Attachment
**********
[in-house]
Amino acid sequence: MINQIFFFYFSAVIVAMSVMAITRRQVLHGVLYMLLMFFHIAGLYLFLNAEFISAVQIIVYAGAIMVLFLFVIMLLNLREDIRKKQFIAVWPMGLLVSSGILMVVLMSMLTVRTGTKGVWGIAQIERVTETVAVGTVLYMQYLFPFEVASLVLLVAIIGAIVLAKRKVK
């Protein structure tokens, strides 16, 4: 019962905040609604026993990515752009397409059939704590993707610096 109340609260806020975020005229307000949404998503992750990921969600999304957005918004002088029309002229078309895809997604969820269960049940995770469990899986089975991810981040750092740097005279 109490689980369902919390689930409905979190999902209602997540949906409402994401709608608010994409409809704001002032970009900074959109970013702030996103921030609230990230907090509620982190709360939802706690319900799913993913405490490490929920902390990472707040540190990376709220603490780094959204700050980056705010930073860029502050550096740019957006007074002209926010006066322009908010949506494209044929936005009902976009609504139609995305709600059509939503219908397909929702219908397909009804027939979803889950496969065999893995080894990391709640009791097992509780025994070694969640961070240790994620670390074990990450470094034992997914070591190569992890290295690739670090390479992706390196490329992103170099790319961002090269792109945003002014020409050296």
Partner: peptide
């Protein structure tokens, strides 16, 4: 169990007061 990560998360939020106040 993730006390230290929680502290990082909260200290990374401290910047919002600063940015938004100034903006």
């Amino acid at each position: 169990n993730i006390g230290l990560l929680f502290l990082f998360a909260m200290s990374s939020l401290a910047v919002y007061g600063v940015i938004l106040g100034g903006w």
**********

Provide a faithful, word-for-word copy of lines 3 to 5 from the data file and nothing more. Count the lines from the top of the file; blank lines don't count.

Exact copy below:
């Protein structure tokens, strides 16, 4: 019962905040609604026993990515752009397409059939704590993707610096 109340609260806020975020005229307000949404998503992750990921969600999304957005918004002088029309002229078309895809997604969820269960049940995770469990899986089975991810981040750092740097005279 109490689980369902919390689930409905979190999902209602997540949906409402994401709608608010994409409809704001002032970009900074959109970013702030996103921030609230990230907090509620982190709360939802706690319900799913993913405490490490929920902390990472707040540190990376709220603490780094959204700050980056705010930073860029502050550096740019957006007074002209926010006066322009908010949506494209044929936005009902976009609504139609995305709600059509939503219908397909929702219908397909009804027939979803889950496969065999893995080894990391709640009791097992509780025994070694969640961070240790994620670390074990990450470094034992997914070591190569992890290295690739670090390479992706390196490329992103170099790319961002090269792109945003002014020409050296």
Partner: peptide
């Protein structure tokens, strides 16, 4: 169990007061 990560998360939020106040 993730006390230290929680502290990082909260200290990374401290910047919002600063940015938004100034903006």